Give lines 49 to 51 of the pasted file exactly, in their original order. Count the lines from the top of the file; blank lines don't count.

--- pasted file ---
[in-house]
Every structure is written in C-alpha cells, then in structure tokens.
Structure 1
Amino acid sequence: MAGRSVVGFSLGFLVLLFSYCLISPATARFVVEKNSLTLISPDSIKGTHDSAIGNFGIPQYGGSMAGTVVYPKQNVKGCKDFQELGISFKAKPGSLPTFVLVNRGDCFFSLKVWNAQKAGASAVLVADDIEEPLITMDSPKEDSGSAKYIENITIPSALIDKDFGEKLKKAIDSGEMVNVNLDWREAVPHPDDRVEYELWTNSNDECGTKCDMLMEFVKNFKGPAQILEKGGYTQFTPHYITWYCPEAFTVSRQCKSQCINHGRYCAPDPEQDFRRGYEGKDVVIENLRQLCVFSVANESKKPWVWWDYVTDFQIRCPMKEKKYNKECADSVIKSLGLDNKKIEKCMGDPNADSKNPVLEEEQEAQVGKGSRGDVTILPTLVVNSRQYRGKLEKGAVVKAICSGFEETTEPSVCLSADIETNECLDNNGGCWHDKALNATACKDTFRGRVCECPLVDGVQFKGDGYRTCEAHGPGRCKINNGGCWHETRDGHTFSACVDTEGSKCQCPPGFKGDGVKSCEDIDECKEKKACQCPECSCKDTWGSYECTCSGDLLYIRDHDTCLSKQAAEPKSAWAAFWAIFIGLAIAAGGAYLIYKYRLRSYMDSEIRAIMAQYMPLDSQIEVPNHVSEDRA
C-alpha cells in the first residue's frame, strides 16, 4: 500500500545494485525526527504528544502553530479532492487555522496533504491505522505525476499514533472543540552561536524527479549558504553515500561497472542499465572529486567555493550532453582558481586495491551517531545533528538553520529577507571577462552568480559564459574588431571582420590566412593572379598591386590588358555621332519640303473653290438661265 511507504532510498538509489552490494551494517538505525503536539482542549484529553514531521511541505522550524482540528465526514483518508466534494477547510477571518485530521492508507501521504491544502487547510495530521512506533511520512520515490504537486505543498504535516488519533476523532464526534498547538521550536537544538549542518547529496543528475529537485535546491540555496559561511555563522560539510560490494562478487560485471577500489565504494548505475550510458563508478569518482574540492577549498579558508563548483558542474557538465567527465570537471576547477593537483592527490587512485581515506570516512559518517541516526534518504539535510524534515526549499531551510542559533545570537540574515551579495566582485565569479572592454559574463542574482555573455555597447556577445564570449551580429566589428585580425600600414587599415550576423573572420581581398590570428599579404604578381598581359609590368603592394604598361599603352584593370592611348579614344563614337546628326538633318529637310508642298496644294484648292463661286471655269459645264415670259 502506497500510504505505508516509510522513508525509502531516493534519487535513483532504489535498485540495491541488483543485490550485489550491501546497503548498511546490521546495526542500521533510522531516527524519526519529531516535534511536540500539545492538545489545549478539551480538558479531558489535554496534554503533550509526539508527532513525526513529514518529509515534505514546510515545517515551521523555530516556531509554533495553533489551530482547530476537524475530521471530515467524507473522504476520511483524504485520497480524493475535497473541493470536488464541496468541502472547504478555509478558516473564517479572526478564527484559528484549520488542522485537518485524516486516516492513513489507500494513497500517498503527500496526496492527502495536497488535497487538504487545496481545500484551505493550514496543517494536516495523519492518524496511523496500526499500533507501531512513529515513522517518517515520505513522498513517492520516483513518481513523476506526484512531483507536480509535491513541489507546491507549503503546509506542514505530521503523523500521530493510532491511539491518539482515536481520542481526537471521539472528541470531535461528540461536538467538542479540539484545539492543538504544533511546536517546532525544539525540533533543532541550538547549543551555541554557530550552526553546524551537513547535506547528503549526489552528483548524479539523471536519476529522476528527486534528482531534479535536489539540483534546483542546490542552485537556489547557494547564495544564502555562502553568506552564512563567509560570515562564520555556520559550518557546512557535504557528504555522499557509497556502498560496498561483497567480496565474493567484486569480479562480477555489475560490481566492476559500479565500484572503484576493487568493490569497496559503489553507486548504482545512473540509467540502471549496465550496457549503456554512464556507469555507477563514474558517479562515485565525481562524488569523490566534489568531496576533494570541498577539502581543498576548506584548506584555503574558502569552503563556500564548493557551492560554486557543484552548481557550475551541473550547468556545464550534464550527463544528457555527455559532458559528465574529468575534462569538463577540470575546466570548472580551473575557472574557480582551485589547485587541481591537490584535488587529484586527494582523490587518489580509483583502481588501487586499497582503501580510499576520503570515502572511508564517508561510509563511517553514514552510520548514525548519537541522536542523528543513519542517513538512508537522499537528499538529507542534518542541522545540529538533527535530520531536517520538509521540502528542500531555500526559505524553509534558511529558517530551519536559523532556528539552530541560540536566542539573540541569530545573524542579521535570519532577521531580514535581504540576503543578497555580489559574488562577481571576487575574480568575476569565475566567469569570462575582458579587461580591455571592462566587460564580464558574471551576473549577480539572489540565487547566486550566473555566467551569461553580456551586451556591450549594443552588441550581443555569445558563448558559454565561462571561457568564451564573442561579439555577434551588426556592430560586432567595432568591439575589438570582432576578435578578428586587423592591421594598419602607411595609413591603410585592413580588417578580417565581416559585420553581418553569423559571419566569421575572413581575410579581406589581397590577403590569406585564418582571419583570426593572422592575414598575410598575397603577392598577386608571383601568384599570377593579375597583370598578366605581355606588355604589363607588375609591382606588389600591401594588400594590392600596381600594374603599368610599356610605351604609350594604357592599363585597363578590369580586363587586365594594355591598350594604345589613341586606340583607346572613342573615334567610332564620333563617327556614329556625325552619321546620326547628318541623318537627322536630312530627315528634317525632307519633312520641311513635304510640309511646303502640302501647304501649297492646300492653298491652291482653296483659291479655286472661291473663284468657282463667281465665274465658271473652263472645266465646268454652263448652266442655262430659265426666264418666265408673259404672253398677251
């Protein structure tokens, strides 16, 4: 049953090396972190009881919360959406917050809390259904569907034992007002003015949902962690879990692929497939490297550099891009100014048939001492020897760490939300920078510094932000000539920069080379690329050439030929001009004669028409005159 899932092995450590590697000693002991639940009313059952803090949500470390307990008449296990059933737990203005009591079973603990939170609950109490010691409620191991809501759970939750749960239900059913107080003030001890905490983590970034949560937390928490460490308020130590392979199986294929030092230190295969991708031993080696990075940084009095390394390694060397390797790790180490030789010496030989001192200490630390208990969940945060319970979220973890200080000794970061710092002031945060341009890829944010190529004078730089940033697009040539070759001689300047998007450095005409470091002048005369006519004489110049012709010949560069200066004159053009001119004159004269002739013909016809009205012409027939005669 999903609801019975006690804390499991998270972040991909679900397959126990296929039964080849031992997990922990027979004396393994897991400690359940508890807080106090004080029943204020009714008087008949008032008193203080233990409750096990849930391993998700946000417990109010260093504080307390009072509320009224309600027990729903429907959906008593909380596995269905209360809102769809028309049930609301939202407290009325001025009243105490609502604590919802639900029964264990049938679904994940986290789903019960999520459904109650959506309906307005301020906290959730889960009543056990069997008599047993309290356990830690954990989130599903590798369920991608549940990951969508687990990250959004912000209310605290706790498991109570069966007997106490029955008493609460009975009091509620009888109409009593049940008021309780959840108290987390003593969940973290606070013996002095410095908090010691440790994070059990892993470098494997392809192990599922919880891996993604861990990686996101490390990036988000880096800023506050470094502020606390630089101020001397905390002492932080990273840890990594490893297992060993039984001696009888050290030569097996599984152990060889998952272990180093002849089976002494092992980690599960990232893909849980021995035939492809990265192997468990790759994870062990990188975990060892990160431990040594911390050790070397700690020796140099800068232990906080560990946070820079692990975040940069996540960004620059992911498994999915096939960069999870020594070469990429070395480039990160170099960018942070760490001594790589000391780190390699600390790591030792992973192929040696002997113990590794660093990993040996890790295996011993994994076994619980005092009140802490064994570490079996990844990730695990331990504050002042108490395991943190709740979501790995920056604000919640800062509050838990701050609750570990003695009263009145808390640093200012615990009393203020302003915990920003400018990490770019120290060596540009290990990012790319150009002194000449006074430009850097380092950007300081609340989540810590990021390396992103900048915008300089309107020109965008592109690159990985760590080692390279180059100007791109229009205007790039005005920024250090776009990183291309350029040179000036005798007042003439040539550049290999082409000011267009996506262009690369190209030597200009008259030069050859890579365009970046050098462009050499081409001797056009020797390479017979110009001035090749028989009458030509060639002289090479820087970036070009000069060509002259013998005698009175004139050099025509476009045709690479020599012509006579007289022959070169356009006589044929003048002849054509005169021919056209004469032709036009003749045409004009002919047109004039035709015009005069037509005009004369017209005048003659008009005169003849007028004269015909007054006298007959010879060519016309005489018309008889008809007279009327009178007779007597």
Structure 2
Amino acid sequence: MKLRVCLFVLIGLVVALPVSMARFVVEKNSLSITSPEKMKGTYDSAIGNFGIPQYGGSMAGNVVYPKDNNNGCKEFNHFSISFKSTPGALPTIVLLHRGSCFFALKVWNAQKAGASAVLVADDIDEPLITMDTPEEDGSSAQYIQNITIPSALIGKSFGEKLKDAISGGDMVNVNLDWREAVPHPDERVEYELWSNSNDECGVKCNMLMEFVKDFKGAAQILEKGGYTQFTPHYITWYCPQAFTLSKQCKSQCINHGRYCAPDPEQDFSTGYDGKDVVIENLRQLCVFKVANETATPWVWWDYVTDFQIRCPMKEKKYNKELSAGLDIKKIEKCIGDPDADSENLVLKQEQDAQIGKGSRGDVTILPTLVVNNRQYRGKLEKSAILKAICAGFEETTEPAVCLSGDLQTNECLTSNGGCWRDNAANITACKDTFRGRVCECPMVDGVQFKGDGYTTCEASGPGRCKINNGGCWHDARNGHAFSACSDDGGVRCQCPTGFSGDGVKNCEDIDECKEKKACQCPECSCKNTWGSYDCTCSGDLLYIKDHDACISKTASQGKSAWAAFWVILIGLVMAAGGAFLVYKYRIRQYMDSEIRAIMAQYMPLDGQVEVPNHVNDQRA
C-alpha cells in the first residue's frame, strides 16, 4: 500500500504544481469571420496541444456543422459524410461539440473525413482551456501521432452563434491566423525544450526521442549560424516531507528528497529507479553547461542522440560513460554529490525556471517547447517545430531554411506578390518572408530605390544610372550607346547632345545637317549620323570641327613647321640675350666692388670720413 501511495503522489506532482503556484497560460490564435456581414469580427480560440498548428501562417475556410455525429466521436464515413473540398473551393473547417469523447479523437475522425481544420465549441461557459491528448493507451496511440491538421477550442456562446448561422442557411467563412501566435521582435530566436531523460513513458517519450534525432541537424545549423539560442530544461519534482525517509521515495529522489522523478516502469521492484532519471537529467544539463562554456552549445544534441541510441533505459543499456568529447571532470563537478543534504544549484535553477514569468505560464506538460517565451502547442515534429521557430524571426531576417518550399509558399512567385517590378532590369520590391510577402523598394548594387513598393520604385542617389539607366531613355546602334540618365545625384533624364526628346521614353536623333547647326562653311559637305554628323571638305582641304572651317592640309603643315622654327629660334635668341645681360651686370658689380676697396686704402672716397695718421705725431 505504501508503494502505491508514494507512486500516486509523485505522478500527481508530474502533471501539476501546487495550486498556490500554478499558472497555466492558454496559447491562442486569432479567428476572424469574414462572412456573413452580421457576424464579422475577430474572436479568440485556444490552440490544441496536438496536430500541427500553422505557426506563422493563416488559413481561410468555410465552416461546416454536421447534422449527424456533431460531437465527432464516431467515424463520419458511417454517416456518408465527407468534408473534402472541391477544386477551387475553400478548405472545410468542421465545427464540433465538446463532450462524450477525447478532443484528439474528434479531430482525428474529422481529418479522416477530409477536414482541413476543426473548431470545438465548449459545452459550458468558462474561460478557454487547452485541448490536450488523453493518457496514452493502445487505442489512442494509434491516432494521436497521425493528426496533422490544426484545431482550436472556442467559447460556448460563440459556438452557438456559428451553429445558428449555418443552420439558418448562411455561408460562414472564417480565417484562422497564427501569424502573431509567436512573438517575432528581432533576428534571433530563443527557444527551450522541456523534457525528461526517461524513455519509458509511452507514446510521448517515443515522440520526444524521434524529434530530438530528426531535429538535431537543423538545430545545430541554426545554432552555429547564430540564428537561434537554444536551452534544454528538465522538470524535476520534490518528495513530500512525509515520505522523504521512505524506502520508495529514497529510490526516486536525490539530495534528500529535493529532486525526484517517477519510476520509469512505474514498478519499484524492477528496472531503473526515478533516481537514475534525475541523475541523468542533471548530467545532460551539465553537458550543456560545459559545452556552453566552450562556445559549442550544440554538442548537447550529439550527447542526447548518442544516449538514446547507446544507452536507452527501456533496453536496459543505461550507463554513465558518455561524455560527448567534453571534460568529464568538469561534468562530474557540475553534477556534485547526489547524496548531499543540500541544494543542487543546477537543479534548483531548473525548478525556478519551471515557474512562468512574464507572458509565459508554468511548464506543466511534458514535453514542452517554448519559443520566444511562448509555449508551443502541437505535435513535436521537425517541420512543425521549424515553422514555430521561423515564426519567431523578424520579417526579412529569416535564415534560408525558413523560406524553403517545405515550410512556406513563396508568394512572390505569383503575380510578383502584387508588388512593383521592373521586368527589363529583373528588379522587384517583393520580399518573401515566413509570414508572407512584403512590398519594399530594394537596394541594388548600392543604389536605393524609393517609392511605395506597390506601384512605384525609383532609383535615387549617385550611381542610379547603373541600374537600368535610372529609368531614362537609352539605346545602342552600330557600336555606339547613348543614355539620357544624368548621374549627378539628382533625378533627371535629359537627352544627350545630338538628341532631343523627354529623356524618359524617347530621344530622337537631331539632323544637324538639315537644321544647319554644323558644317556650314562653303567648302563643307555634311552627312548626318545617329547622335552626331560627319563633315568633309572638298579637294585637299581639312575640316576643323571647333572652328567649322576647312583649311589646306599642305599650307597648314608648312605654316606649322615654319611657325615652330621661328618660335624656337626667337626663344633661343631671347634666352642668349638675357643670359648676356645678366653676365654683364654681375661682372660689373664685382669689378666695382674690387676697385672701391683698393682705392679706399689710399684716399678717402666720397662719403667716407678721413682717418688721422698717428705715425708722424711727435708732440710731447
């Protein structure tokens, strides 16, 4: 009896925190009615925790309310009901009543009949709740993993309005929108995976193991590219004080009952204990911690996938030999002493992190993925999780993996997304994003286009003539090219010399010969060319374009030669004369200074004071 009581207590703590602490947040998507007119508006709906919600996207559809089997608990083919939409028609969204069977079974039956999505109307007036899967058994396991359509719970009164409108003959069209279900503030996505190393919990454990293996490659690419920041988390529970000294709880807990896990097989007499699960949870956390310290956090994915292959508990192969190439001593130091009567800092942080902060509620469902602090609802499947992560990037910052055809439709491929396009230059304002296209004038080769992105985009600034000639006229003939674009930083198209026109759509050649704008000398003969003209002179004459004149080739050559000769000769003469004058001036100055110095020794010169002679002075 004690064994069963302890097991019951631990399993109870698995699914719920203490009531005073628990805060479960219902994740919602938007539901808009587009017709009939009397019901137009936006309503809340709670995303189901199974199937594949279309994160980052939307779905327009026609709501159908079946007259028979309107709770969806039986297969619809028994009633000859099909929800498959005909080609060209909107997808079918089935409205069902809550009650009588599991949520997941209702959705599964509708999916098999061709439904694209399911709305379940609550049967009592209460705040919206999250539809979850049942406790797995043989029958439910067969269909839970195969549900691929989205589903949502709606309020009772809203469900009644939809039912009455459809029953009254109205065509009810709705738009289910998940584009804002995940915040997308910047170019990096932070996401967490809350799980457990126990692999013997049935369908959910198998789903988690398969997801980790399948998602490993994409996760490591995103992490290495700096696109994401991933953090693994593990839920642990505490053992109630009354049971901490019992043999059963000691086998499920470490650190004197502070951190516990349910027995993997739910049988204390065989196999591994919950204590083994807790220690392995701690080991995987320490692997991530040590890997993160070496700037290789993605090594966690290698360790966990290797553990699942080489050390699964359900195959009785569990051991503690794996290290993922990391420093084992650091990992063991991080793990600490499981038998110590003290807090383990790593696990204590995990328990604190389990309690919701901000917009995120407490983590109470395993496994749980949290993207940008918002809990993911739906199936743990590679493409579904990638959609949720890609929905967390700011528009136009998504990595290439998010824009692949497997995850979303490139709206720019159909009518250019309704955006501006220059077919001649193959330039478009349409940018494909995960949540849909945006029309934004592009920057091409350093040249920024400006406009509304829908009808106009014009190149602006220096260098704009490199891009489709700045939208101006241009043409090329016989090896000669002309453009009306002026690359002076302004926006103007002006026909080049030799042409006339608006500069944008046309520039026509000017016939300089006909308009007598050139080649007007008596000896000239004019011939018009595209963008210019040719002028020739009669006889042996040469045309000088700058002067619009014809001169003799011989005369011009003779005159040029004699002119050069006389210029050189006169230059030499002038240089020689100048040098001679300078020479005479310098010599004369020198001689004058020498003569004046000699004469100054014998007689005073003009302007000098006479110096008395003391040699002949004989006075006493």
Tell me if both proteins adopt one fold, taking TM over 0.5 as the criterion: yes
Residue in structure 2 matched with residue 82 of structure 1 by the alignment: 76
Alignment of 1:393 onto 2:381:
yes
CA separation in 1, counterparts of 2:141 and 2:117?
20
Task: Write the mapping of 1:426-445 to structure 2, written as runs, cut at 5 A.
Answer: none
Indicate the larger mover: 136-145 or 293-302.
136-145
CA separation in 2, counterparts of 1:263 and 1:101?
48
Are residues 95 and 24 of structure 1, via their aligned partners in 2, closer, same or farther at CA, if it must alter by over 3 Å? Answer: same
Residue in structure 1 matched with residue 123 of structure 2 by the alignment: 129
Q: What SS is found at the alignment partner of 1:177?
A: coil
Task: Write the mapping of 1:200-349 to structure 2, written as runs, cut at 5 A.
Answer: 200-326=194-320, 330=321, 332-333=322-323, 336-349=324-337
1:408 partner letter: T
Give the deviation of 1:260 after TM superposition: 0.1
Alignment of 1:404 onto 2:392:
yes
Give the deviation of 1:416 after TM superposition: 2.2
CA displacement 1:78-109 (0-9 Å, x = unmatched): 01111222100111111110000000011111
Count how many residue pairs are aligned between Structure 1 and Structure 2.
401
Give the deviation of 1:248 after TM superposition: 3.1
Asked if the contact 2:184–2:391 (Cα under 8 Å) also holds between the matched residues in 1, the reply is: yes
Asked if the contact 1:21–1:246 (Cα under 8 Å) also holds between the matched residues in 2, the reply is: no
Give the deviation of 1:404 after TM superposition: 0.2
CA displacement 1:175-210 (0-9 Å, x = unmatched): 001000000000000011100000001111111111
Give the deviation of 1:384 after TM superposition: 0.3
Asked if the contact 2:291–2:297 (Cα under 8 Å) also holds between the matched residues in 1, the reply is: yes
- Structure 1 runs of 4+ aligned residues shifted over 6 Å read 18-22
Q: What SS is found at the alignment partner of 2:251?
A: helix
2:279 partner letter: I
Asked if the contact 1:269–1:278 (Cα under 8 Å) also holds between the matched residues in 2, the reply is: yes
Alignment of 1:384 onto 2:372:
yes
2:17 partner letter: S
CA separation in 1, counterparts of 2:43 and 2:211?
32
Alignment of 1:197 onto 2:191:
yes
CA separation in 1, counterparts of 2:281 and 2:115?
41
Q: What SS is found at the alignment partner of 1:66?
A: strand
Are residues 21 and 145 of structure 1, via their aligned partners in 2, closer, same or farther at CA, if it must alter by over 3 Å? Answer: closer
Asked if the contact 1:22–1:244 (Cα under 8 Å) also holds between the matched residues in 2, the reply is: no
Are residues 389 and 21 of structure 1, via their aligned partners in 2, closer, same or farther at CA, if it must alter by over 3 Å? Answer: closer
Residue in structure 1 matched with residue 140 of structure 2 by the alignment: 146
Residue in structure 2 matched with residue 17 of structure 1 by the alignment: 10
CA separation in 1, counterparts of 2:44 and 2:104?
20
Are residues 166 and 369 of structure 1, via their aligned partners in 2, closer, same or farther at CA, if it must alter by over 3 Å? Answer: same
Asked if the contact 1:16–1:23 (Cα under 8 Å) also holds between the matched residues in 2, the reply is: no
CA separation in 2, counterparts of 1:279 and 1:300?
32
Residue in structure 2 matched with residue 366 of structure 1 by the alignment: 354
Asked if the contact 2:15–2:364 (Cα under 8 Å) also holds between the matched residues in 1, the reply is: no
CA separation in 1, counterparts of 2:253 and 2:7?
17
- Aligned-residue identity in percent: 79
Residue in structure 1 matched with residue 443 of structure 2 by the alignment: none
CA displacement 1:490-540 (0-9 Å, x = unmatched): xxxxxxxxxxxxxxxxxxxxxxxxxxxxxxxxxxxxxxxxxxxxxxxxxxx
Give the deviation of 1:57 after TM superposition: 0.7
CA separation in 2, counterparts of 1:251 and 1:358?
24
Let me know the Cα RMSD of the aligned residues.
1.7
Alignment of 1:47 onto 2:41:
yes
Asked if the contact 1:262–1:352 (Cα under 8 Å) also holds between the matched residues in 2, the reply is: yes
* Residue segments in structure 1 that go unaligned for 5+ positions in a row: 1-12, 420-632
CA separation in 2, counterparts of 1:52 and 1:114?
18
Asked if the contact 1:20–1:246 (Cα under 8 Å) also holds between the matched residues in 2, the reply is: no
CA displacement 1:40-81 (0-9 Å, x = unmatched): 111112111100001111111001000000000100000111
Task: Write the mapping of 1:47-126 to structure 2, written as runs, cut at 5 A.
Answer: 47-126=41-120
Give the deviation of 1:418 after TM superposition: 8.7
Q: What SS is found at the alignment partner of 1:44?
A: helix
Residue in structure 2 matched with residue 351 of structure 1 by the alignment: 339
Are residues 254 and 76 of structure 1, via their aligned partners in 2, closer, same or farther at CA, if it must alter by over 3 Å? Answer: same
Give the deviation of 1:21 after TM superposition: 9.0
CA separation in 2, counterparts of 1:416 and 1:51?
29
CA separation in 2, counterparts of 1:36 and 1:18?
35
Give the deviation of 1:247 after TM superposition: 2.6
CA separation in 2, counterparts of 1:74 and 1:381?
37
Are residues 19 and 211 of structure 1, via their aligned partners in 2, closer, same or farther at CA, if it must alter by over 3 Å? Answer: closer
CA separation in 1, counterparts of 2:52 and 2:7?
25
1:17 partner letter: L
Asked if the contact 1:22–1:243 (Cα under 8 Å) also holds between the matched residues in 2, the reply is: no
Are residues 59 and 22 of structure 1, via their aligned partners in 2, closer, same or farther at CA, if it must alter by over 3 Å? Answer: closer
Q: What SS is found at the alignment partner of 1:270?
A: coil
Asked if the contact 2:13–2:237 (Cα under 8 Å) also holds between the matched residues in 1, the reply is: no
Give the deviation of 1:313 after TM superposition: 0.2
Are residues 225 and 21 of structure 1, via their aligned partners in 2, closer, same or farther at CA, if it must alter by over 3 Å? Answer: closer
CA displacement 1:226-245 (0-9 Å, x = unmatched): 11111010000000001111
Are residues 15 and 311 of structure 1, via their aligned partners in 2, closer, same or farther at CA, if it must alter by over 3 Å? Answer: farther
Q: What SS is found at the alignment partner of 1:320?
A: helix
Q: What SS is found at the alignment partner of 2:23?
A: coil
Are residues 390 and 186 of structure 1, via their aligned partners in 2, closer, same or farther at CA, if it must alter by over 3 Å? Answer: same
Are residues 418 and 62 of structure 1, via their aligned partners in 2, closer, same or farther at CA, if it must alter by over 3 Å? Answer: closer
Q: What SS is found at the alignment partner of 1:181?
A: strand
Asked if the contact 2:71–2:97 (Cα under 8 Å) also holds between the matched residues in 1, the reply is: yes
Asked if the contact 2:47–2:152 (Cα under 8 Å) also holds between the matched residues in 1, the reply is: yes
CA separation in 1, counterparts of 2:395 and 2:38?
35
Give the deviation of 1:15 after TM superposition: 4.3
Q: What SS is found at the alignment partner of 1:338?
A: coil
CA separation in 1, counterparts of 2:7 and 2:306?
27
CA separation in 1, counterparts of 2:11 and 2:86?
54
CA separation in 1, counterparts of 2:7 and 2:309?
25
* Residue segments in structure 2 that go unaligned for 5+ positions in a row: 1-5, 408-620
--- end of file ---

Alignment of 1:384 onto 2:372:
yes
2:17 partner letter: S